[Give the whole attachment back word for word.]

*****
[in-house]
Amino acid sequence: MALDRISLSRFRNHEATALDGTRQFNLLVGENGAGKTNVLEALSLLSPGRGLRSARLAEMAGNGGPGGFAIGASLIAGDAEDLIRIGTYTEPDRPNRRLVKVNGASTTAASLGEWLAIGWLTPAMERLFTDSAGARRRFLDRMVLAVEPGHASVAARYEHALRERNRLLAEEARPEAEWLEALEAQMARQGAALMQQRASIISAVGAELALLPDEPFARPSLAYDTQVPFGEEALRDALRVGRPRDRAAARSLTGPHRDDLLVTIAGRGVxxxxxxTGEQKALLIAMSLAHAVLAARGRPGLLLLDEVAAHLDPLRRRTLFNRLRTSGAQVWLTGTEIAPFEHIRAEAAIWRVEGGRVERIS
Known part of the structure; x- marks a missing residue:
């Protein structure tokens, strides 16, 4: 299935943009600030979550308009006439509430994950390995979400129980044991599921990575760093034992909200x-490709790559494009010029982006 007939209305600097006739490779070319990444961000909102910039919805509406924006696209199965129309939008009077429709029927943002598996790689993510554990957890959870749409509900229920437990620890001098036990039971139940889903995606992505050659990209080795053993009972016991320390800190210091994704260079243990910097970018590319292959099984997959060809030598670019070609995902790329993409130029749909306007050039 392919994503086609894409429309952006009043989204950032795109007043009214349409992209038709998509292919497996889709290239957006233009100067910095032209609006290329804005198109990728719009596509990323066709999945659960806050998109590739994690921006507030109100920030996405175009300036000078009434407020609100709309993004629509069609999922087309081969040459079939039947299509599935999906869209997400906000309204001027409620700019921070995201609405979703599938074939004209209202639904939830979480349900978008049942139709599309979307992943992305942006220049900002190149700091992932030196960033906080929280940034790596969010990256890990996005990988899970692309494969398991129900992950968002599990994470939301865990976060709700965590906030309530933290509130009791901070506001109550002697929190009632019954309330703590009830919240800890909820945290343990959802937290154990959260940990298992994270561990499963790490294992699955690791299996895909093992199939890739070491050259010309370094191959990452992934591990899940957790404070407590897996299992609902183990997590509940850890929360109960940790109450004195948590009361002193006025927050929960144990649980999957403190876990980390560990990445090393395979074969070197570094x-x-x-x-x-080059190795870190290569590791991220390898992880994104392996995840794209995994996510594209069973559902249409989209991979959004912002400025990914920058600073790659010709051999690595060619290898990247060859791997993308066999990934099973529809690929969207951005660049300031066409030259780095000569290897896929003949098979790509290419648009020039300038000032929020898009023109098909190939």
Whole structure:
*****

[in-house]
Amino acid sequence: MALDRISLSRFRNHEATALDGTRQFNLLVGENGAGKTNVLEALSLLSPGRGLRSARLAEMAGNGGPGGFAIGASLIAGDAEDLIRIGTYTEPDRPNRRLVKVNGASTTAASLGEWLAIGWLTPAMERLFTDSAGARRRFLDRMVLAVEPGHASVAARYEHALRERNRLLAEEARPEAEWLEALEAQMARQGAALMQQRASIISAVGAELALLPDEPFARPSLAYDTQVPFGEEALRDALRVGRPRDRAAARSLTGPHRDDLLVTIAGRGVxxxxxxTGEQKALLIAMSLAHAVLAARGRPGLLLLDEVAAHLDPLRRRTLFNRLRTSGAQVWLTGTEIAPFEHIRAEAAIWRVEGGRVERIS
Known part of the structure; x- marks a missing residue:
């Protein structure tokens, strides 16, 4: 299935943009600030979550308009006439509430994950390995979400129980044991599921990575760093034992909200x-490709790559494009010029982006 007939209305600097006739490779070319990444961000909102910039919805509406924006696209199965129309939008009077429709029927943002598996790689993510554990957890959870749409509900229920437990620890001098036990039971139940889903995606992505050659990209080795053993009972016991320390800190210091994704260079243990910097970018590319292959099984997959060809030598670019070609995902790329993409130029749909306007050039 392919994503086609894409429309952006009043989204950032795109007043009214349409992209038709998509292919497996889709290239957006233009100067910095032209609006290329804005198109990728719009596509990323066709999945659960806050998109590739994690921006507030109100920030996405175009300036000078009434407020609100709309993004629509069609999922087309081969040459079939039947299509599935999906869209997400906000309204001027409620700019921070995201609405979703599938074939004209209202639904939830979480349900978008049942139709599309979307992943992305942006220049900002190149700091992932030196960033906080929280940034790596969010990256890990996005990988899970692309494969398991129900992950968002599990994470939301865990976060709700965590906030309530933290509130009791901070506001109550002697929190009632019954309330703590009830919240800890909820945290343990959802937290154990959260940990298992994270561990499963790490294992699955690791299996895909093992199939890739070491050259010309370094191959990452992934591990899940957790404070407590897996299992609902183990997590509940850890929360109960940790109450004195948590009361002193006025927050929960144990649980999957403190876990980390560990990445090393395979074969070197570094x-x-x-x-x-080059190795870190290569590791991220390898992880994104392996995840794209995994996510594209069973559902249409989209991979959004912002400025990914920058600073790659010709051999690595060619290898990247060859791997993308066999990934099973529809690929969207951005660049300031066409030259780095000569290897896929003949098979790509290419648009020039300038000032929020898009023109098909190939």
Whole structure: